As UK employment levels fall, Scotland’s rises


Linked by the Guardian to the aftermath of the Brexit vote, UK employment levels have fallen for the first time since then.

In contrast, Scotland’s employment rate rose to 75.2% above the UK rate of 75%. Female employment is higher at 72.1% compared with 70.6% and youth unemployment remains significantly lower than the UK figure at 9.4% as opposed to 13.2%.

Also, unemployment in Scotland remained lower than in the UK, falling over the year, by 0.8% to 4.0% as opposed to 4.3%.

With particular regard to youth unemployment, Scotland has among the best rates in Europe. See:

Scottish Government meets its youth employment target four years early to place Scotland as among the most successful in Europe

‘Scottish electrical apprenticeship numbers rise to nearly pre-recession heights’ as Scotland’s youth unemployment falls to 5th best out of 29 European countries

 There is rarely a day when I cannot find good news about Scotland. I don’t watch or listen but I’m guessing our Unionist broadcast media find it impossible at times. To be fair, the BBC website often manages but how many No voters read that?


SNP Government defeats the Scotch Whisky Association to introduce life-saving minimum prices for alcohol sales


The UK supreme court has ruled that minimum alcohol pricing is legal under EU law after a five-year battle between the Scottish government and the Scotch Whisky Association. Minimum pricing will be introduced as quickly as possible with a timetable put before parliament in a matter of days.

In these five years, alcohol-related deaths in Scotland rose as supermarkets sold alcohol at as low as 18p per unit. Though the plan to increase that to 50p per unit will mean a bottle of whisky costing no less than £14, it seems unlikely that whisky consumption was the main target but rather the incredibly low cost of packs of high strength lagers and of often dubiously sourced vodka used with mixers by younger drinkers.

According to the First Minister, in the Guardian today:

‘Given the clear and proven link between consumption and harm, minimum pricing is the most effective and efficient way to tackle the cheap, high-strength alcohol that causes so much damage to so many families.’

As with the banning of smoking in public enclosed spaces, Scotland is leading the way on improving public health and putting the interests of the wider community ahead of those of the corporations. How soon will Tory England follow?

Shop closures across Scotland down 35% in 2017 and net increases in openings in Paisley, Dundee and Falkirk. Yet another sign of growing economic strength?



Though we are still seeing a net decline with more shops closing than opening, the rate seems to be slowing. Statistics from Local Data Company for Accountants PwC and reported in Insider, show 132 closures and 90 openings in the last year giving a net loss of 42. In the previous year there were 203 closures and 116 openings giving a net loss of 87.

Across the country there was some variation with Paisley, Dundee and Falkirk all showing net increases. Glasgow and Edinburgh had the most closures dropping from 50 to 44 and 82 to 37 respectively. The quite large decline, greater than the overall national decline at 45, in Edinburgh is surprising given the city’s overall economic health reported before here:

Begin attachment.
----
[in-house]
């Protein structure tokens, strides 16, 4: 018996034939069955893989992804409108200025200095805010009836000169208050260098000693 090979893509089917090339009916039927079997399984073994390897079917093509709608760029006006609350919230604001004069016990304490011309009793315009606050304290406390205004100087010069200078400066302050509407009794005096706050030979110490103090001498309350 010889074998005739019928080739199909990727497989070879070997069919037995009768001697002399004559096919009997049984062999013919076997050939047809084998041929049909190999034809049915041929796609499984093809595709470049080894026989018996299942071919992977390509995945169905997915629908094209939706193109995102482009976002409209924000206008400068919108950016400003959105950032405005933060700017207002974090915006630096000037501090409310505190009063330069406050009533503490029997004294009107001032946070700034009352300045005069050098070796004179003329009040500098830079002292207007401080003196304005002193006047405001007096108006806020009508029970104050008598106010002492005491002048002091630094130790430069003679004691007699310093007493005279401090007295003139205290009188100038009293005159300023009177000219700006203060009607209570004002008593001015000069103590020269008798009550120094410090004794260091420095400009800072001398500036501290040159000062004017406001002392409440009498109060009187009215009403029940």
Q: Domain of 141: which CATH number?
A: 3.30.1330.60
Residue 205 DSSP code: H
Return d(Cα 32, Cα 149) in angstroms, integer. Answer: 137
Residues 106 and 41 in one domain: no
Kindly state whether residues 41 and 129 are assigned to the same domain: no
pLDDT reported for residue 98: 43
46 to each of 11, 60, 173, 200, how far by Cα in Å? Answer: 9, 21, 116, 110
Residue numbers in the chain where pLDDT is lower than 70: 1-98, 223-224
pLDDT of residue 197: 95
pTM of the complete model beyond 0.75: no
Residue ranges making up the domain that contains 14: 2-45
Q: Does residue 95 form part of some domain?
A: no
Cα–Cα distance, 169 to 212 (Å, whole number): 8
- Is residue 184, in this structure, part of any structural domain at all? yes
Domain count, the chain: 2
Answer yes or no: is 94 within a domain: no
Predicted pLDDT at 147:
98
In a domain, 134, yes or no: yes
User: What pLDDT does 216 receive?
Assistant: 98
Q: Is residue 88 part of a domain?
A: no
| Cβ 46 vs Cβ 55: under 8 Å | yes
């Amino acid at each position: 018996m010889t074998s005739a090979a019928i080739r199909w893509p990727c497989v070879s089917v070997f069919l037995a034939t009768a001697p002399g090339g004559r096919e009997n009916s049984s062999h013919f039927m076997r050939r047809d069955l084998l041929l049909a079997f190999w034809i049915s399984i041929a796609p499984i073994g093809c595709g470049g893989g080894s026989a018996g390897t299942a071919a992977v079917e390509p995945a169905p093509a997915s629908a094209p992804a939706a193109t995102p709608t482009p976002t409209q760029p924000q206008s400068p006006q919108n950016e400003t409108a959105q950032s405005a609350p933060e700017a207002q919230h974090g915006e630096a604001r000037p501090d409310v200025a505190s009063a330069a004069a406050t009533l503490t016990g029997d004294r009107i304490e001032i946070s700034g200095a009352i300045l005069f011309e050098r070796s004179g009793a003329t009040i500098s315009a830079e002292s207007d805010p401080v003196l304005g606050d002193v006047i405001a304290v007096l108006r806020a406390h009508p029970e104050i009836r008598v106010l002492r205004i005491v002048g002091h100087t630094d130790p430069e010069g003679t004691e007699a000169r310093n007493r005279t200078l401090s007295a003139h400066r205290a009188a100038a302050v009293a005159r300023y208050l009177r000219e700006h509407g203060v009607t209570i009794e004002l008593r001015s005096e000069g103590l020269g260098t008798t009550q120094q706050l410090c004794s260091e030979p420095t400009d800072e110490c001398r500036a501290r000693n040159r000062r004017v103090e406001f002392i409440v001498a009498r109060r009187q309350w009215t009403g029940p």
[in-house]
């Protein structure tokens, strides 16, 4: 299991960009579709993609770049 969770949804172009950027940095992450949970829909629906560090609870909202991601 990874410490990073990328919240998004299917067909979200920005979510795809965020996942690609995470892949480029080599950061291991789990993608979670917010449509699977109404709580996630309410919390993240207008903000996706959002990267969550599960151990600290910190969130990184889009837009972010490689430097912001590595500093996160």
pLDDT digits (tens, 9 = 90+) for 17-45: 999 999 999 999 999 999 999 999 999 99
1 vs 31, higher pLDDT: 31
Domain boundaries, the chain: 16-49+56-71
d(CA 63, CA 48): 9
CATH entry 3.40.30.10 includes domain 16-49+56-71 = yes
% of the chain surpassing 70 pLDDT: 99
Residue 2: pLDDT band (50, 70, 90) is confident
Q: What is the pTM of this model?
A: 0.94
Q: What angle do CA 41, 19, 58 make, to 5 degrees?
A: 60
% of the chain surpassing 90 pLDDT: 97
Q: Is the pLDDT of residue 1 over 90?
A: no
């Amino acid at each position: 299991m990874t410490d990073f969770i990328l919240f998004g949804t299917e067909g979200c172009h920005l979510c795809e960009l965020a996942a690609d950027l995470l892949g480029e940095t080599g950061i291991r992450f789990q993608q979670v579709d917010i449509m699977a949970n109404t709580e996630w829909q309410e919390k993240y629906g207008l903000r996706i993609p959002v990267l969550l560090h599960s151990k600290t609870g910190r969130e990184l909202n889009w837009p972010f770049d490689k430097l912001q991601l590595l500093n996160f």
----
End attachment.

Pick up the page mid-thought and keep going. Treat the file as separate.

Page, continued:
Sunshine on Leith? Edinburgh the most prosperous city after London

‘Staggering’ 175% increase in Edinburgh office take-up is further evidence of booming Scottish economy

There is presumably a local explanation for the Edinburgh figures and they must be distorting the overall Scottish picture to suggest a decline nationally which is not actually there. Perhaps the declines in Edinburgh and Glasgow can been seen as signs of over-reach or saturation in already buoyant centres while the increases in the smaller and less affluent centres in Paisley, Dundee and Falkirk can be seen as very good news and signs of recovery there.  The main decline was in banks, women’s clothing and shoe shops and the main increases were in recruitment agencies and fast food takeaways.

The slowing decline or the actual lack of decline outside of Edinburgh is one more factor suggesting growing strength in the Scottish economy. At risk of over-repeating, see these as other recent indicators:

Scotland’s economy continues to show signs of good health and growth

Reports of a strong Scottish economy just keep coming. Now debt decrees down 93% in the last three months

More evidence Scottish economy is strong: Demand for office space in Glasgow highest for ten years

Scottish businesses continue to show signs of health with insolvencies down 23% as the Scottish economy holds strong


Europe’s biggest hydrogen-powered bus fleet and now the UK’s biggest hydrogen cell installation are both in Scotland


(c) Annenberg Learner

With a little irony, ‘Oil City’, Aberdeen, already has the UK’s largest hydrogen-powered bus fleet. The buses hold only 40Kg of hydrogen and have a range of 260 miles. The project cost £19 million and will make a major contribution to improving air quality in the city. I don’t think Aberdeen has ever had a red alert for pollution levels, like London but it’s good they’re working to pre-empt such a situation in the future.

Europe’s largest fleet of hydrogen-fuelled buses is in Aberdeen

From the Scottish Business News Network:

‘Now the UK’s largest hydrogen fuel cell installation in the UK is being installed at the new Aberdeen Exhibition and Conference Centre (AECC). From the Scottish Business News Network: The cells, which will deliver clean, sustainable and reliable energy for the facility, will have a total electrical output of 1.4MW, which is on a par with the largest fuel cell installations in Europe. UK energy engineering specialist Doosan Babcock has supplied three cells which will provide an independent source of dependable, affordable, low-emission heat and power for the 150-acre site.’

While the wind-farms are getting all the attention setting productivity records monthly, hydrogen-power is an important element in an overall strategy for renewables in Scotland. I don’t know why but I’m guessing there’s a good reason for electric battery-powered cars but hydrogen-powered buses. A scientifically-literate reader will no doubt explain.

Scotland is already ahead of the game in hydrogen production too. For the first time anywhere in the world, the Scottish Government’s £3 million-funded European Marine Energy Centre (EMEC) has produced hydrogen gas using electricity generated from tidal energy, in Orkney. Here’s how it works as explained in the EMEC report